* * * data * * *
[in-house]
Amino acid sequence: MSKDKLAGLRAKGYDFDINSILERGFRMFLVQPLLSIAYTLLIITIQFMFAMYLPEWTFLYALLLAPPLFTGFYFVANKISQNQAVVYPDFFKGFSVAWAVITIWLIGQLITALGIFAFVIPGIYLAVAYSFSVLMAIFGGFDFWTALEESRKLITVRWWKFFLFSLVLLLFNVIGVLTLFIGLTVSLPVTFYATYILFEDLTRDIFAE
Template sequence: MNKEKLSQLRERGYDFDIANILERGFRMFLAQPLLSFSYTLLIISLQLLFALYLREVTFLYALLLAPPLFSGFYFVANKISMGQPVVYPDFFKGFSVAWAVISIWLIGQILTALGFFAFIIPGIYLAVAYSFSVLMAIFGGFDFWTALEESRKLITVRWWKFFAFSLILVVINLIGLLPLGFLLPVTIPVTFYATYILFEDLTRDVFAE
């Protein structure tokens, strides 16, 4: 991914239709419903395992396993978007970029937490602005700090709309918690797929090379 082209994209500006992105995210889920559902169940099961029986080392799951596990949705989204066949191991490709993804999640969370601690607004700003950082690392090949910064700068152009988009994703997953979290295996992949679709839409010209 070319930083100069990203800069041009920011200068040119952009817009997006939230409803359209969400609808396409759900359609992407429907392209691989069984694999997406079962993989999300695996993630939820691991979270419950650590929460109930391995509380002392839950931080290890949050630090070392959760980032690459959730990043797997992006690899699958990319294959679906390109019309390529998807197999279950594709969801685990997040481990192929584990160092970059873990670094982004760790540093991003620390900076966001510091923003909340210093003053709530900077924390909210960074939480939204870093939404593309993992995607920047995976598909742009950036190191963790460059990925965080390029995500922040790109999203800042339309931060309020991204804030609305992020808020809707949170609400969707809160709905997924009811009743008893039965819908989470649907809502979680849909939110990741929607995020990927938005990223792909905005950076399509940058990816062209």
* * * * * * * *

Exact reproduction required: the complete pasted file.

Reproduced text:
[in-house]
Amino acid sequence: MSKDKLAGLRAKGYDFDINSILERGFRMFLVQPLLSIAYTLLIITIQFMFAMYLPEWTFLYALLLAPPLFTGFYFVANKISQNQAVVYPDFFKGFSVAWAVITIWLIGQLITALGIFAFVIPGIYLAVAYSFSVLMAIFGGFDFWTALEESRKLITVRWWKFFLFSLVLLLFNVIGVLTLFIGLTVSLPVTFYATYILFEDLTRDIFAE
Template sequence: MNKEKLSQLRERGYDFDIANILERGFRMFLAQPLLSFSYTLLIISLQLLFALYLREVTFLYALLLAPPLFSGFYFVANKISMGQPVVYPDFFKGFSVAWAVISIWLIGQILTALGFFAFIIPGIYLAVAYSFSVLMAIFGGFDFWTALEESRKLITVRWWKFFAFSLILVVINLIGLLPLGFLLPVTIPVTFYATYILFEDLTRDVFAE
């Protein structure tokens, strides 16, 4: 991914239709419903395992396993978007970029937490602005700090709309918690797929090379 082209994209500006992105995210889920559902169940099961029986080392799951596990949705989204066949191991490709993804999640969370601690607004700003950082690392090949910064700068152009988009994703997953979290295996992949679709839409010209 070319930083100069990203800069041009920011200068040119952009817009997006939230409803359209969400609808396409759900359609992407429907392209691989069984694999997406079962993989999300695996993630939820691991979270419950650590929460109930391995509380002392839950931080290890949050630090070392959760980032690459959730990043797997992006690899699958990319294959679906390109019309390529998807197999279950594709969801685990997040481990192929584990160092970059873990670094982004760790540093991003620390900076966001510091923003909340210093003053709530900077924390909210960074939480939204870093939404593309993992995607920047995976598909742009950036190191963790460059990925965080390029995500922040790109999203800042339309931060309020991204804030609305992020808020809707949170609400969707809160709905997924009811009743008893039965819908989470649907809502979680849909939110990741929607995020990927938005990223792909905005950076399509940058990816062209």